Last Updated Sep 11, 2009 3:19 PM EDT
Information Week reports that hospitals and other healthcare organizations are stepping up their hiring of health IT professionals. Outsourcing and staffing firm Hudson is seeing a 30 percent rise in demand for these techies in its Denver office and similar growth in Dallas and Chicago. And a recent survey of 244 healthcare CIOs shows that 5 percent plan to increase hiring in the fourth quarter. While that isn't a huge spike, it's more than is being seen in the rest of the economy.
Meanwhile, big companies like IBM, Verizon, Dell, and GE (already a big health IT software vendor) are expanding their presence in what is anticipated to be a quickly growing market for electronic health records (EHRs). Dell, for example, jumped into the market earlier this year by partnering with Sam's Club and EHR vendor eClinicalWorks to offer EHR systems to small physician practices. Now, with partners such as eClinicalWorks and Perot Systems, the big computer manufacturer plans to serve as a general contractor to offer physicians remotely served EHRs--aka "cloud computing" applications.
IBM and Verizon, which started a health care unit recently, also plan to supply "cloud-computing" alternatives to small practices. Verizon will focus on data-center hosting and data-sharing technology that can be utilized by local and regional health information networks.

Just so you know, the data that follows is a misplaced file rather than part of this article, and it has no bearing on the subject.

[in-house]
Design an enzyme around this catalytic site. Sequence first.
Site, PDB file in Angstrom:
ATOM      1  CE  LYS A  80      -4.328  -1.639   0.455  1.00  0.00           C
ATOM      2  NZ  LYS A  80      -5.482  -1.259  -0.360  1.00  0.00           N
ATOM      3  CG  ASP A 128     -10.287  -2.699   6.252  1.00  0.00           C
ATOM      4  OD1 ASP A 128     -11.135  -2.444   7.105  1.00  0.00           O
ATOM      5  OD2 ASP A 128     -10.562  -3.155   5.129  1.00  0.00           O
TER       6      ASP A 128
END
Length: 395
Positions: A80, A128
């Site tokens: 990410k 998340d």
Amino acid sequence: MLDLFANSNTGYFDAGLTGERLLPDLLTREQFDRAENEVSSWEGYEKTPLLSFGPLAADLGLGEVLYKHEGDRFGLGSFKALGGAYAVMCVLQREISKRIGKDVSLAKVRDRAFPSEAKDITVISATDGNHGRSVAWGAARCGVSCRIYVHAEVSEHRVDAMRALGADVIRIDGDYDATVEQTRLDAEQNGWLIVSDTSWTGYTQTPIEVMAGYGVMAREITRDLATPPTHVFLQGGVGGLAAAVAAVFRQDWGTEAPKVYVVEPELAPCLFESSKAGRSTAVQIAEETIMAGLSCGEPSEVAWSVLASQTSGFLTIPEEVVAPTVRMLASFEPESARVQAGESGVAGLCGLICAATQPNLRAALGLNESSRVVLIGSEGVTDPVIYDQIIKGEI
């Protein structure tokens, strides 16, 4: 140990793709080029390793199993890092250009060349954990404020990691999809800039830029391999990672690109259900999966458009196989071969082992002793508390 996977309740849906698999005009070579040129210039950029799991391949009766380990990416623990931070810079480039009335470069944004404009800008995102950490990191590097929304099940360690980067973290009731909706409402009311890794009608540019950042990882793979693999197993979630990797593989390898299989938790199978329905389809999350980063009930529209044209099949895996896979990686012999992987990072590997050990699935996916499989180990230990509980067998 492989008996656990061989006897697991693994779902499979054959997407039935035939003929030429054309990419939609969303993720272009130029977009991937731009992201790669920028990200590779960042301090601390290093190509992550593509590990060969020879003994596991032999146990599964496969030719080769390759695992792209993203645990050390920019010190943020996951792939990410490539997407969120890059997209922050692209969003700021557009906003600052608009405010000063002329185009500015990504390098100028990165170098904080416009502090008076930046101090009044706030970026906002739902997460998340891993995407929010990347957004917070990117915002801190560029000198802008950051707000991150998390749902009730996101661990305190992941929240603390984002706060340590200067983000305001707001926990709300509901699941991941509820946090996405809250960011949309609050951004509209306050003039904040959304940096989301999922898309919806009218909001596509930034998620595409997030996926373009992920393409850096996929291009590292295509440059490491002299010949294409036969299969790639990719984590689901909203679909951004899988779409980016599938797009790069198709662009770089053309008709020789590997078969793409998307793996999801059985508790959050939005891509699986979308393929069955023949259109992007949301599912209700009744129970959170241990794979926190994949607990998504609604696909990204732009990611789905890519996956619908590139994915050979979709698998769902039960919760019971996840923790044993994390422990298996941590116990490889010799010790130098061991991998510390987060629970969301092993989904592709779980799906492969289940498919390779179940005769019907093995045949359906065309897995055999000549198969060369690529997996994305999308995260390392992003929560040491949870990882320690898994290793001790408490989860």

The current vogue for "cloud computing" in health care is nothing new. "ASP-model" EHRs, which are essentially the same thing, have been available for several years, but have not made much of a dent in the market. They do offer a couple of advantages to small practices: they cost less upfront, because they don't require onsite computer servers, and much of the maintenance and backup functions are handled by ASP vendors.
But there is not much difference between the cost of installing a client/server system in a physician office and the expense of having the software and data served remotely over the Internet. The practice must still put in a computer network, which has to be maintained locally, and it usually pays a monthly fee to the ASP vendor that is comparable to the loan payments it would make if it purchased the system outright. At the end of, say, five years, the loan is paid off, whereas the ASP lease payments continue.
Of course, the companies now entering the field say that this "software as a service" technology is new and better-and in some ways, it is. Because of faster computers and Internet connections, the response time of ASP-model EHRs--a key factor for physicians--has improved. And the new applications are more user friendly because they tend to be designed for the web.
What is clear is that as the health IT field becomes more lucrative, it will attract more players and generate more hype. Hopefully, it will also mean that more physician offices will acquire EHRs and be able to deliver better patient care.